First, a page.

Down Syndrome and the Lipid Heart Clinic at CHOP

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Trisomy 21 Update

The lifespan of individuals with Down syndrome (DS) is certainly increasing. Recent studies show that the median age at death is now almost 60 years, significantly increased from studies from the 1970s and 1980s. There are many reasons for this, including improved treatment of congenital heart defects and leukemias. Therefore, it is surprising that adults with Down syndrome, who now enjoy a longer lifespan, seem to have reduced prevalence of atherosclerosis, the process that causes stroke and heart attack in middle-aged and older adults in the general population. This unusual finding has been known for at least three decades.

Although individuals with DS may not be traditionally susceptible to long-term atherosclerosis, there are a number of findings that raise the possibility that this “protection” from atherosclerosis may disappear over time. Many recent studies of patients with Down syndrome have shown abnormalities of the body’s lipids. These are substances such as cholesterol and triglycerides that normally predispose people to atherosclerosis and heart disease. Most studies show the levels of cholesterol and triglycerides in non-obese individuals with DS are actually normal.

However, there is a great deal of evidence that other systems in the body that facilitate the damage done by cholesterol and triglycerides are abnormally increased in people with DS. The most important of these is called oxidative stress. This is a process in which many things, including exercise, some foods we eat and some natural substances in the body, change cholesterol chemically to make it much more dangerous, theoretically increasing the risk for heart attack and stroke.

Oxidative stress may also cause defects in the way in which insulin is utilized. This may lead to metabolic syndrome, a group of abnormalities that includes diabetes, obesity, high blood pressure and an abnormal pattern of lipids, all predisposing the general population to heart disease. To date, the prevalence of metabolic syndrome in individuals with DS does not seem to be increased, despite the effect of oxidative stress.

Oxidative stress has also been linked to the development of early neurologic impairment. Fortunately, there are natural enzymes and some products in our diet called antioxidants that balance this effect out. It is this beneficial process that seems to be impaired in those with Down syndrome.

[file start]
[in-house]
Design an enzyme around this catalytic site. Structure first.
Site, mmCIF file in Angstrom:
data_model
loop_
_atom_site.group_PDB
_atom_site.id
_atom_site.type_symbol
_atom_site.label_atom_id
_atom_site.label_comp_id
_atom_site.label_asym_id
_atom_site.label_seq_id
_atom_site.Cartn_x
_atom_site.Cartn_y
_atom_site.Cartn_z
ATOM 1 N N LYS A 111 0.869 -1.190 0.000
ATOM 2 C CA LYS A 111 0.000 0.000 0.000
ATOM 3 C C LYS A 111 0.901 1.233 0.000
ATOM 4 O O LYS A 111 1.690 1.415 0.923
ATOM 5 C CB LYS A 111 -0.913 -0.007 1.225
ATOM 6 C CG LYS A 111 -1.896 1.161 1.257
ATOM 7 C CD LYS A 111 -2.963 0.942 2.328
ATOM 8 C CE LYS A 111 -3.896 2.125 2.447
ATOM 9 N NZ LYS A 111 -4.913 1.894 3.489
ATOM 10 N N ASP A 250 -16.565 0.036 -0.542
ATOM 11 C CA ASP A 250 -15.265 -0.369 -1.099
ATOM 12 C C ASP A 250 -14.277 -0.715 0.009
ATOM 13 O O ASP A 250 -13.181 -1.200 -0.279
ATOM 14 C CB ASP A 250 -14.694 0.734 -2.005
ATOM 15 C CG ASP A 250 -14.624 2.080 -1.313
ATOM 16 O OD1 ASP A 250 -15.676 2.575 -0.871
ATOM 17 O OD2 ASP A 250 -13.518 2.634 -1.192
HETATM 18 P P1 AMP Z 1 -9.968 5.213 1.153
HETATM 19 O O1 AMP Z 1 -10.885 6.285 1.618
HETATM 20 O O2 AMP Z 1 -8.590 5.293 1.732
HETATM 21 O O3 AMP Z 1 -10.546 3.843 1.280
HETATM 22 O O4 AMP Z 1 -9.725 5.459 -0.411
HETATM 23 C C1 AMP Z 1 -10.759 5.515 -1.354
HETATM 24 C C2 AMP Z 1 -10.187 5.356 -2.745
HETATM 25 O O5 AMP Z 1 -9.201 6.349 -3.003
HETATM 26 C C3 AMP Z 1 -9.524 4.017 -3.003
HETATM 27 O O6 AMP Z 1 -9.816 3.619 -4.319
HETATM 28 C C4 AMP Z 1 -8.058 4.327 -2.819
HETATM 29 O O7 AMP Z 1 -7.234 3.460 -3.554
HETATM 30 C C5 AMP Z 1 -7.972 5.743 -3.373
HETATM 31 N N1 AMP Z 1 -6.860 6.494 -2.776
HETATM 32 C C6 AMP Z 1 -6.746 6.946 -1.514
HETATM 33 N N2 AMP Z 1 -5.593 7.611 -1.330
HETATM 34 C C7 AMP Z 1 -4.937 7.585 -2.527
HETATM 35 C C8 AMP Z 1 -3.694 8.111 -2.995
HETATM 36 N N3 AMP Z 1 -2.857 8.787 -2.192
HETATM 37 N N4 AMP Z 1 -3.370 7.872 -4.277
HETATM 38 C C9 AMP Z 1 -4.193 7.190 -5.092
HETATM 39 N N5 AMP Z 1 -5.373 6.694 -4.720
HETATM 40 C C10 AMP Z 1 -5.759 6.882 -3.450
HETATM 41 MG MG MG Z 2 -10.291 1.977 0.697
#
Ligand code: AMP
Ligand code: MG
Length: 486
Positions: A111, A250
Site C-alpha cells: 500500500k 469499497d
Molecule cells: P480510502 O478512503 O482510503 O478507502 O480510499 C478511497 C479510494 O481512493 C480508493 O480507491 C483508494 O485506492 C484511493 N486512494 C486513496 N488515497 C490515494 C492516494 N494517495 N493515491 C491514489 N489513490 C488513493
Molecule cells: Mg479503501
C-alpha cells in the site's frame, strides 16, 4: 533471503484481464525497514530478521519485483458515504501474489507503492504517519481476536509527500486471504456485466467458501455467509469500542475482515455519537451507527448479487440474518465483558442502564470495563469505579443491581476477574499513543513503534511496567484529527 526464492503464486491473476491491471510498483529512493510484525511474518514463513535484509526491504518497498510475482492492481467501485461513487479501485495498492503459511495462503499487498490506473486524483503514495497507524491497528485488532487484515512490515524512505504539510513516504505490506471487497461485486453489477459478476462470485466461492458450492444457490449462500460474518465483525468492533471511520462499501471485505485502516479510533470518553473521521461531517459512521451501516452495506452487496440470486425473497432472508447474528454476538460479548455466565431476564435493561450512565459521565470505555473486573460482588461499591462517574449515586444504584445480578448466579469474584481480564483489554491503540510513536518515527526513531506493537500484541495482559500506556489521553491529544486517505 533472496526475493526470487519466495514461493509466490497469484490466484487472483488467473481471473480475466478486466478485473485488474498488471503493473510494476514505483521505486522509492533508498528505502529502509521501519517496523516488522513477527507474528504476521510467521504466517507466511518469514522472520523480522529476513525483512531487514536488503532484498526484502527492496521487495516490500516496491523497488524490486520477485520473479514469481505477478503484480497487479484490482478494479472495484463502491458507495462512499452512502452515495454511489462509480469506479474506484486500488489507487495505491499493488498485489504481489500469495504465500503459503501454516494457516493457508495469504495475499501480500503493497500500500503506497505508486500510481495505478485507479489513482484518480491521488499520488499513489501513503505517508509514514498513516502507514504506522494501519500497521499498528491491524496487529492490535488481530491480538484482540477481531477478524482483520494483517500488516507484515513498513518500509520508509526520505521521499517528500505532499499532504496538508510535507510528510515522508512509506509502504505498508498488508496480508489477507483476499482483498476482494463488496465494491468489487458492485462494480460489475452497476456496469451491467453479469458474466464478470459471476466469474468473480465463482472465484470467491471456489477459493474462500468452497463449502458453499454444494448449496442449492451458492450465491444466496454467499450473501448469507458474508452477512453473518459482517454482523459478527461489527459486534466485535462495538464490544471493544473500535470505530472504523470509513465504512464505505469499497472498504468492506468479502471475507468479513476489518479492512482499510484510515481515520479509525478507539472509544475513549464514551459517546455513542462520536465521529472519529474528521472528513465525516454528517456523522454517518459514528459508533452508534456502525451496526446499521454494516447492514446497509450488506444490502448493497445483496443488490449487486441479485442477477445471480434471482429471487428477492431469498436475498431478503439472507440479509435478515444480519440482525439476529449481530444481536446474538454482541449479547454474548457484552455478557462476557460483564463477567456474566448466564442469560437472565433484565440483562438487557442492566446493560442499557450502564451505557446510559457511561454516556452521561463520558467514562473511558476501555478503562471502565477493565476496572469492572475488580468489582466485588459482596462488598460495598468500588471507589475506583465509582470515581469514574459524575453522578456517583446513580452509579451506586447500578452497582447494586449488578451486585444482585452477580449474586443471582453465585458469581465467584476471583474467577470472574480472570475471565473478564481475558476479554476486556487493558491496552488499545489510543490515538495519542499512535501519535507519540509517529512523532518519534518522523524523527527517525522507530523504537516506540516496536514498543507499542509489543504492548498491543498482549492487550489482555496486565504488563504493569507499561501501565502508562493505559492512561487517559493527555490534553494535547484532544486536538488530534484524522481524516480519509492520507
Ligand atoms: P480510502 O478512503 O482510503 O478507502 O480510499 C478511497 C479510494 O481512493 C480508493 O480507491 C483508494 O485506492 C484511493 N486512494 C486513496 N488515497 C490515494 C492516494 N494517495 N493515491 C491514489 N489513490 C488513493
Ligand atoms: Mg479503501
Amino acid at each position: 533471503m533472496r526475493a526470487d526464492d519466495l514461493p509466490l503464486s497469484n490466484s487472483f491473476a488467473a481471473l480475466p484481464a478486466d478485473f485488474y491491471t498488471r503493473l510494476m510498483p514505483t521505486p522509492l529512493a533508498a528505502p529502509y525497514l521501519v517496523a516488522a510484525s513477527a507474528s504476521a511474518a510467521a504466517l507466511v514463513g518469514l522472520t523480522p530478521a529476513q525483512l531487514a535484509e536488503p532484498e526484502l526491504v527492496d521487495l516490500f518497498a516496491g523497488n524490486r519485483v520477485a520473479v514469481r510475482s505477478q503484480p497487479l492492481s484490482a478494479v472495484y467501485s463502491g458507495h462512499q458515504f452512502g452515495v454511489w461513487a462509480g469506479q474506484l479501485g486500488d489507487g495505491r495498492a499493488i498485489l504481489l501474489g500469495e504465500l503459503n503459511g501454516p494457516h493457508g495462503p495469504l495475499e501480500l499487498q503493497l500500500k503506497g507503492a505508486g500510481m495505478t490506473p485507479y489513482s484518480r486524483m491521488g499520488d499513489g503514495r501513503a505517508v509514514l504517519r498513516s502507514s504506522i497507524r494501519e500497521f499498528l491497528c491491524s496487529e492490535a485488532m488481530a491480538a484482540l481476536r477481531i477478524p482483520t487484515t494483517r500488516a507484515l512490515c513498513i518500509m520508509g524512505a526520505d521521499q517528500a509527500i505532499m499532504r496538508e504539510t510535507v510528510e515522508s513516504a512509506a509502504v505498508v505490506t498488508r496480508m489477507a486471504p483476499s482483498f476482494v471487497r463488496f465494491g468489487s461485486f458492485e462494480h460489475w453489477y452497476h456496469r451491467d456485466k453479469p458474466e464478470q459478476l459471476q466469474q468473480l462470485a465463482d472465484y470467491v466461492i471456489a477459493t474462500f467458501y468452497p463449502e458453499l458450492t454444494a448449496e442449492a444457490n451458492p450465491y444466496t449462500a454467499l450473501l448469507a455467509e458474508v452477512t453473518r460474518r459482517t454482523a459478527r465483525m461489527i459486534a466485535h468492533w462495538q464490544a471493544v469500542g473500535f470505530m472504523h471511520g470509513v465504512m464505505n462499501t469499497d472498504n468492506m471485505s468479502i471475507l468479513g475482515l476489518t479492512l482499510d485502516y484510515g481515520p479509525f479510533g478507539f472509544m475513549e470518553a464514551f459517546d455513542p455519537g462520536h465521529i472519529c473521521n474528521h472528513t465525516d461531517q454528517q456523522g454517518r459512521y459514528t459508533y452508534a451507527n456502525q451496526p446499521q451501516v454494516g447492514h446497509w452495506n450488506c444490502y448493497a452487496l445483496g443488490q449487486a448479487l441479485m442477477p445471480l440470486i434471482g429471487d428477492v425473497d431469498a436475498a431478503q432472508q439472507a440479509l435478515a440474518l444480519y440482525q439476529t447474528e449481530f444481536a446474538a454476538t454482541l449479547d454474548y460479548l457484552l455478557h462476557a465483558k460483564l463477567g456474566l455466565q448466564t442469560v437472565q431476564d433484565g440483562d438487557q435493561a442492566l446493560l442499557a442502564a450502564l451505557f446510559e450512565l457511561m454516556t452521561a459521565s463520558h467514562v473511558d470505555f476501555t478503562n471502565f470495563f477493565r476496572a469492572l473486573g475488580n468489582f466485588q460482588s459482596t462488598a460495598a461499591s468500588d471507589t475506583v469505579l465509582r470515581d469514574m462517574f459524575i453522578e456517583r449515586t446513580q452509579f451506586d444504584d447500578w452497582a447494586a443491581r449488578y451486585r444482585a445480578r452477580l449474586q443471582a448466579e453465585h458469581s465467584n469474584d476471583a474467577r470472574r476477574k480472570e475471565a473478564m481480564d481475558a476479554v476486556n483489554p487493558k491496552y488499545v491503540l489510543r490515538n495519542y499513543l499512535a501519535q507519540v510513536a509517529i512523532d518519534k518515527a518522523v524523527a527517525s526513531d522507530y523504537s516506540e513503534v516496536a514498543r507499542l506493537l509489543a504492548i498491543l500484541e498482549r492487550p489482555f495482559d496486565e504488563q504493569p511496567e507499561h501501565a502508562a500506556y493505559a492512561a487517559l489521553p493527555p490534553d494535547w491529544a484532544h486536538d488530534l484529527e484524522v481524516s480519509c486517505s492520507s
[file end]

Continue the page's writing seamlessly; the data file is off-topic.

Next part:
Another factor that may be responsible for a changing pattern of atherosclerosis and heart disease in the future is the number of individuals with DS who have undergone successful surgery for their congenital heart defect. Most operations to correct congenital heart disease cause changes in the pattern of blood flow through the heart so that abnormal turbulence is set up within the heart chambers and blood vessels. This turbulence causes damage to the inside lining of chambers and vessels, making it more likely that cholesterol and other lipids will accumulate there and contribute to heart attack and stroke in the future.

A third factor is growing awareness that patients with DS may have an additional genetic abnormality that is associated with early heart attack and stroke in the general population. One of these genetic defects is called familial hypercholesterolemia, a disease in which the mechanism that removes cholesterol from the bloodstream is deficient. As yet, it is not known whether individuals with both Down syndrome and familial hypercholesterolemia will actually develop early heart disease or stroke.

Whether or not the pattern of heart attack and stroke will change in adults with Down syndrome, the Lipid Heart Clinic at The Children’s Hospital of Philadelphia is committed to identifying those risk factors in all children that may predispose them to atherosclerosis in the future. The primary risk factors are abnormal lipid values, obesity, poor diet and family history, but also include other lifestyle issues that may promote lipid abnormalities. Most important of these is reduced physical exercise and the prevalence of sedentary activities such as social networking, playing video games and watching television. All risk factors are assessed at the very first visit to the Lipid Heart Clinic and addressed with appropriate recommendations including referral to the Healthy Weight Program at CHOP, if necessary.

The general procedure is:

  1. Obtain a lipid profile (laboratory test for cholesterol and triglycerides), usually through your primary care physician or pediatrician. The test may be obtained at a local laboratory or hospital. Fax the profile — or ask your PCP or pediatrician to fax it — to 215-590-4978.
  2. Call 215-590-4040 to register for a Lipid Heart appointment. Our staff will confirm that they have received the lipid profile, review it and return your call to schedule the visit.
  3. Download and print the patient questionnaire and three-day dietary history from the Lipid Heart Clinic website and complete them.
  4. On the day of your visit, bring the completed patient questionnaire and three-day dietary history with you, along with any other lipid profiles you can obtain from other family members (mother, father, siblings over 2 years of age).

Details regarding appointments in the Lipid Heart Clinic, its staff, questionnaires and necessary laboratory testing can be found on our website. Additional resources are also there. For questions, please call 215-590-1804.

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